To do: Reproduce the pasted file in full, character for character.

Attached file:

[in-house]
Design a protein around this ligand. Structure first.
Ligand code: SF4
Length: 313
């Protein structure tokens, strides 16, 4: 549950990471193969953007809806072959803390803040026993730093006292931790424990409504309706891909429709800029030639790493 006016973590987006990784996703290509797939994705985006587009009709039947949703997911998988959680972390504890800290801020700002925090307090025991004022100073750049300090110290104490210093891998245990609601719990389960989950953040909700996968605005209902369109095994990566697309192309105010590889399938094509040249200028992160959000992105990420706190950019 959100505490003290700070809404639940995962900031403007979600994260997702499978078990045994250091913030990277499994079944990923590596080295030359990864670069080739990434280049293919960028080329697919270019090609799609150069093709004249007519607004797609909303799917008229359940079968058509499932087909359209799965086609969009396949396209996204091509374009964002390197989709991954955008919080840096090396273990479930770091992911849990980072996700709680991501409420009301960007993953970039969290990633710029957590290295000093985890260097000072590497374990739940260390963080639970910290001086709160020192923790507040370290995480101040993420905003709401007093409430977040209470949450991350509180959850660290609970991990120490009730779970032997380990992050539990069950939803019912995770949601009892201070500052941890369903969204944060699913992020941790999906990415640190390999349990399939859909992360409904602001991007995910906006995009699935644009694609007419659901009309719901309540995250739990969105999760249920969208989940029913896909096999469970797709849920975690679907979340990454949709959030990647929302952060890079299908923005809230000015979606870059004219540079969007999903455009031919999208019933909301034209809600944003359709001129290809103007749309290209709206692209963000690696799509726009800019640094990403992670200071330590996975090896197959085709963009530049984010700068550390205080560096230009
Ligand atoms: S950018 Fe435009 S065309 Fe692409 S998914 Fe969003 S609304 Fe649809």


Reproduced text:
[in-house]
Design a protein around this ligand. Structure first.
Ligand code: SF4
Length: 313
């Protein structure tokens, strides 16, 4: 549950990471193969953007809806072959803390803040026993730093006292931790424990409504309706891909429709800029030639790493 006016973590987006990784996703290509797939994705985006587009009709039947949703997911998988959680972390504890800290801020700002925090307090025991004022100073750049300090110290104490210093891998245990609601719990389960989950953040909700996968605005209902369109095994990566697309192309105010590889399938094509040249200028992160959000992105990420706190950019 959100505490003290700070809404639940995962900031403007979600994260997702499978078990045994250091913030990277499994079944990923590596080295030359990864670069080739990434280049293919960028080329697919270019090609799609150069093709004249007519607004797609909303799917008229359940079968058509499932087909359209799965086609969009396949396209996204091509374009964002390197989709991954955008919080840096090396273990479930770091992911849990980072996700709680991501409420009301960007993953970039969290990633710029957590290295000093985890260097000072590497374990739940260390963080639970910290001086709160020192923790507040370290995480101040993420905003709401007093409430977040209470949450991350509180959850660290609970991990120490009730779970032997380990992050539990069950939803019912995770949601009892201070500052941890369903969204944060699913992020941790999906990415640190390999349990399939859909992360409904602001991007995910906006995009699935644009694609007419659901009309719901309540995250739990969105999760249920969208989940029913896909096999469970797709849920975690679907979340990454949709959030990647929302952060890079299908923005809230000015979606870059004219540079969007999903455009031919999208019933909301034209809600944003359709001129290809103007749309290209709206692209963000690696799509726009800019640094990403992670200071330590996975090896197959085709963009530049984010700068550390205080560096230009
Ligand atoms: S950018 Fe435009 S065309 Fe692409 S998914 Fe969003 S609304 Fe649809």